Dr. Thomas Colletti
Type 2 diabetes (T2DM) is a chronic medical condition affecting millions of individuals worldwide. The burden of disease is significant as demonstrated by high morbidity and mortality rates and billions of healthcare dollars spent. The pathophysiology of T2DM is complex with eight primary deficits known as the ominous octet. Treatment should be guided accordingly. In recent years, a focus has been placed on incretin hormones such as glucagon-like peptide 1 (GLP-1) and its glucose lowering benefits. GLP-1 is secreted in the gut in response to an oral glucose load and helps to lower fasting and post-prandial blood sugars. Research suggests there are numerous other benefits in addition to glycemic lowering and A1C reduction. Several FDA-approved glucagon-like peptide receptor agonists (GLP-1 RA) are available in the United States for the treatment of type 2 diabetes. These are once daily liraglutide or lixisenatide, or once weekly exenatide, dulaglutide, or semaglutide. Semaglutide also comes in a once daily oral formulation. In addition to improving glycemic control, GLP-1 RA have been shown to lower total body weight, blood pressure, cholesterol, and improve renal function and beta cell proliferation. These agents should be considered in every patient with type 2 diabetes due to their substantial clinical benefits and potential to help lower the burden of disease in the US and worldwide.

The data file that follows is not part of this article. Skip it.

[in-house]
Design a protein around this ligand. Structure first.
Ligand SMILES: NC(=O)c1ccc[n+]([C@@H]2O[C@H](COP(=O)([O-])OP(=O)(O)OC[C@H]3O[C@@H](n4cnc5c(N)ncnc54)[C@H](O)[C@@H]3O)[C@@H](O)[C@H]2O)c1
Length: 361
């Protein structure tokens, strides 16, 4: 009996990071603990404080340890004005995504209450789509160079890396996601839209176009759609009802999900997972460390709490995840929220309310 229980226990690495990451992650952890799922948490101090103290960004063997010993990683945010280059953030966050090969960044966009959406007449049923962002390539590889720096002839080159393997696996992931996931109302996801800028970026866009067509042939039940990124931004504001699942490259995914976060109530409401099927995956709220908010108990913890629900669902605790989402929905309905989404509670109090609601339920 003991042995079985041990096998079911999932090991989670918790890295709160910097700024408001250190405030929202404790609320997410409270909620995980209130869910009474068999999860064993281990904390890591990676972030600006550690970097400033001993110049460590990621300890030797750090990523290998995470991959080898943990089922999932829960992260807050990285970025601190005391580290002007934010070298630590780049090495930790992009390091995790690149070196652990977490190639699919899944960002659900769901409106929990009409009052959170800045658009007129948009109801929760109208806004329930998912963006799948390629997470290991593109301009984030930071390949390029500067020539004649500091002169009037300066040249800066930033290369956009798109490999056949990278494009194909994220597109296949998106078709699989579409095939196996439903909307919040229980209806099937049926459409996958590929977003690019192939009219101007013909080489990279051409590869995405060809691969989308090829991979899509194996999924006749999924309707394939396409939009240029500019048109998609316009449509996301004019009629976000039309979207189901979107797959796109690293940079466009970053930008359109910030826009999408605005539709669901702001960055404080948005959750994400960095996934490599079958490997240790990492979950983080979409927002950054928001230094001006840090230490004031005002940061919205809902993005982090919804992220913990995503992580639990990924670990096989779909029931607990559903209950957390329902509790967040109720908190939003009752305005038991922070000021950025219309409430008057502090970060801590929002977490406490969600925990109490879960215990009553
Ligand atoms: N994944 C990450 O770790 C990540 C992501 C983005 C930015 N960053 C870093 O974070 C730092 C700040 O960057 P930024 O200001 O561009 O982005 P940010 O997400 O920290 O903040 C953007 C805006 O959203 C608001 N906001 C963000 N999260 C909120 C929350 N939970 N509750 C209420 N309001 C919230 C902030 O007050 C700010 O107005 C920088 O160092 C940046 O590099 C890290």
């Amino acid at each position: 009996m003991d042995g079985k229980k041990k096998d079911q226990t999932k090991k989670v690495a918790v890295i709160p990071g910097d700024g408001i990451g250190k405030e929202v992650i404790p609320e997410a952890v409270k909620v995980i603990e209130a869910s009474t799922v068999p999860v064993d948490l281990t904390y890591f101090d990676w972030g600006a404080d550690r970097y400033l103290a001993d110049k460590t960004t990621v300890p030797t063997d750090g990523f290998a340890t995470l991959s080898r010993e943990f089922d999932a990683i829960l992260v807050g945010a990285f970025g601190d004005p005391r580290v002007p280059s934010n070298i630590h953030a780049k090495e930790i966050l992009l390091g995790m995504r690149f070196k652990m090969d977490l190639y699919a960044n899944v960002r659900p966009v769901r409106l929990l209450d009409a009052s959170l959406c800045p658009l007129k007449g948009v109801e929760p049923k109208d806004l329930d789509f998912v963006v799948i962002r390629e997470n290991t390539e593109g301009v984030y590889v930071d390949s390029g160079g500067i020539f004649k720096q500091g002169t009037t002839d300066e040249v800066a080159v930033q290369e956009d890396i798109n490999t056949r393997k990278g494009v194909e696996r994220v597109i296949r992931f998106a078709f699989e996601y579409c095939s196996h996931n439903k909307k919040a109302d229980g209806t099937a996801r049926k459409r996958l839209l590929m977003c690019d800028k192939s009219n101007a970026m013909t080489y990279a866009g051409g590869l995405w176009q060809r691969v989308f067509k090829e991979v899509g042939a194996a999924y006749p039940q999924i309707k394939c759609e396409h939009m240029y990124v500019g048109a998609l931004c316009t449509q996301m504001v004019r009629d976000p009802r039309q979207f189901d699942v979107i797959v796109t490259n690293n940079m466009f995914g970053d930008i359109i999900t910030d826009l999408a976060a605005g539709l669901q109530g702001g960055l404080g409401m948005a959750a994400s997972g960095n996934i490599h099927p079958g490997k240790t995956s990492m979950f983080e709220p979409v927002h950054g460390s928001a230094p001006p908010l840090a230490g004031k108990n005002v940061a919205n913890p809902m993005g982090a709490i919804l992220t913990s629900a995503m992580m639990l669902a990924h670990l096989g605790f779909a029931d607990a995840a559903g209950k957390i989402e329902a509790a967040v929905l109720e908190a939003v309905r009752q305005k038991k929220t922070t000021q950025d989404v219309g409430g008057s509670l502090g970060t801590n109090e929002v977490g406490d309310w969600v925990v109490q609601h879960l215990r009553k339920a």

Clark LB. Glucagon-like Peptide Receptor Agonists: A Review of Glycemic Benefits and Beyond. University of Lynchburg DMSc Doctoral Project Assignment Repository. 2021; 3(1).
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